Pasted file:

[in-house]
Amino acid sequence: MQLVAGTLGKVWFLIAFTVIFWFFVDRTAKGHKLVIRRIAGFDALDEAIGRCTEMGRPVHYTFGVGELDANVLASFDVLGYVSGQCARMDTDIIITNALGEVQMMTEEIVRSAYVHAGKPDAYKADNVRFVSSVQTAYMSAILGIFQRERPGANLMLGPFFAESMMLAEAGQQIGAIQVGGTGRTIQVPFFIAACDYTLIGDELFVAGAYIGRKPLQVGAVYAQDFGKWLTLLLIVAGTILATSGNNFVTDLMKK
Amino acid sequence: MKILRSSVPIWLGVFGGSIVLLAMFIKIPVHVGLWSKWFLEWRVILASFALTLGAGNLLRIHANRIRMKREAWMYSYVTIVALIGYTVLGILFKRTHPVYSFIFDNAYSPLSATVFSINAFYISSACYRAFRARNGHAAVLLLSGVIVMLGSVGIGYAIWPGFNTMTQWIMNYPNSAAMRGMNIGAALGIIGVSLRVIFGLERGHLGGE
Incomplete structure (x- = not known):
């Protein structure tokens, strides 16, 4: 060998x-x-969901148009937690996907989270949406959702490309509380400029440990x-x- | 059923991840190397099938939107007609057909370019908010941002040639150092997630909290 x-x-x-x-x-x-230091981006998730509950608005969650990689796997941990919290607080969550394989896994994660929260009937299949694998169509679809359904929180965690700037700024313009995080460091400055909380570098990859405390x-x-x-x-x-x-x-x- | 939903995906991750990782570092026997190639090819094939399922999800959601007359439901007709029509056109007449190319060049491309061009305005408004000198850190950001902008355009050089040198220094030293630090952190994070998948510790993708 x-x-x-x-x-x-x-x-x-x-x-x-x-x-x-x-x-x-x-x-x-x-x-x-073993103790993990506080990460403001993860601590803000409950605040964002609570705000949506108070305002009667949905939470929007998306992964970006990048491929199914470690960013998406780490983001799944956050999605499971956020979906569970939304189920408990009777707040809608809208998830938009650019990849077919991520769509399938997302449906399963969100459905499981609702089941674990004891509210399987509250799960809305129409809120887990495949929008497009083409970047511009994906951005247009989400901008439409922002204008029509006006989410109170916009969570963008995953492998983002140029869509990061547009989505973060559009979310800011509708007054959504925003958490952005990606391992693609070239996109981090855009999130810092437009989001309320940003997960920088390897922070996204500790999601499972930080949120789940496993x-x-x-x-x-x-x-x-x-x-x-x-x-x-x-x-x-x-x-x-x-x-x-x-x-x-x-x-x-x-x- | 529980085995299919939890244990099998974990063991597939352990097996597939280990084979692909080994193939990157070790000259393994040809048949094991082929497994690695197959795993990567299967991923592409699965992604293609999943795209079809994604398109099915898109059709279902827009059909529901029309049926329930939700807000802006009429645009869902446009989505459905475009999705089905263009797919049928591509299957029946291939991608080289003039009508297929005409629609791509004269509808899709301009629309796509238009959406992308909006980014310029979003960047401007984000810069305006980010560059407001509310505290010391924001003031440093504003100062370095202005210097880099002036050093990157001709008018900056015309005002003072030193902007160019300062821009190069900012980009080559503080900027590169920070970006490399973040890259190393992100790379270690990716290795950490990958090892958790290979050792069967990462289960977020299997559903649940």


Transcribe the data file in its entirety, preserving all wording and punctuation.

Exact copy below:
[in-house]
Amino acid sequence: MQLVAGTLGKVWFLIAFTVIFWFFVDRTAKGHKLVIRRIAGFDALDEAIGRCTEMGRPVHYTFGVGELDANVLASFDVLGYVSGQCARMDTDIIITNALGEVQMMTEEIVRSAYVHAGKPDAYKADNVRFVSSVQTAYMSAILGIFQRERPGANLMLGPFFAESMMLAEAGQQIGAIQVGGTGRTIQVPFFIAACDYTLIGDELFVAGAYIGRKPLQVGAVYAQDFGKWLTLLLIVAGTILATSGNNFVTDLMKK
Amino acid sequence: MKILRSSVPIWLGVFGGSIVLLAMFIKIPVHVGLWSKWFLEWRVILASFALTLGAGNLLRIHANRIRMKREAWMYSYVTIVALIGYTVLGILFKRTHPVYSFIFDNAYSPLSATVFSINAFYISSACYRAFRARNGHAAVLLLSGVIVMLGSVGIGYAIWPGFNTMTQWIMNYPNSAAMRGMNIGAALGIIGVSLRVIFGLERGHLGGE
Incomplete structure (x- = not known):
């Protein structure tokens, strides 16, 4: 060998x-x-969901148009937690996907989270949406959702490309509380400029440990x-x- | 059923991840190397099938939107007609057909370019908010941002040639150092997630909290 x-x-x-x-x-x-230091981006998730509950608005969650990689796997941990919290607080969550394989896994994660929260009937299949694998169509679809359904929180965690700037700024313009995080460091400055909380570098990859405390x-x-x-x-x-x-x-x- | 939903995906991750990782570092026997190639090819094939399922999800959601007359439901007709029509056109007449190319060049491309061009305005408004000198850190950001902008355009050089040198220094030293630090952190994070998948510790993708 x-x-x-x-x-x-x-x-x-x-x-x-x-x-x-x-x-x-x-x-x-x-x-x-073993103790993990506080990460403001993860601590803000409950605040964002609570705000949506108070305002009667949905939470929007998306992964970006990048491929199914470690960013998406780490983001799944956050999605499971956020979906569970939304189920408990009777707040809608809208998830938009650019990849077919991520769509399938997302449906399963969100459905499981609702089941674990004891509210399987509250799960809305129409809120887990495949929008497009083409970047511009994906951005247009989400901008439409922002204008029509006006989410109170916009969570963008995953492998983002140029869509990061547009989505973060559009979310800011509708007054959504925003958490952005990606391992693609070239996109981090855009999130810092437009989001309320940003997960920088390897922070996204500790999601499972930080949120789940496993x-x-x-x-x-x-x-x-x-x-x-x-x-x-x-x-x-x-x-x-x-x-x-x-x-x-x-x-x-x-x- | 529980085995299919939890244990099998974990063991597939352990097996597939280990084979692909080994193939990157070790000259393994040809048949094991082929497994690695197959795993990567299967991923592409699965992604293609999943795209079809994604398109099915898109059709279902827009059909529901029309049926329930939700807000802006009429645009869902446009989505459905475009999705089905263009797919049928591509299957029946291939991608080289003039009508297929005409629609791509004269509808899709301009629309796509238009959406992308909006980014310029979003960047401007984000810069305006980010560059407001509310505290010391924001003031440093504003100062370095202005210097880099002036050093990157001709008018900056015309005002003072030193902007160019300062821009190069900012980009080559503080900027590169920070970006490399973040890259190393992100790379270690990716290795950490990958090892958790290979050792069967990462289960977020299997559903649940």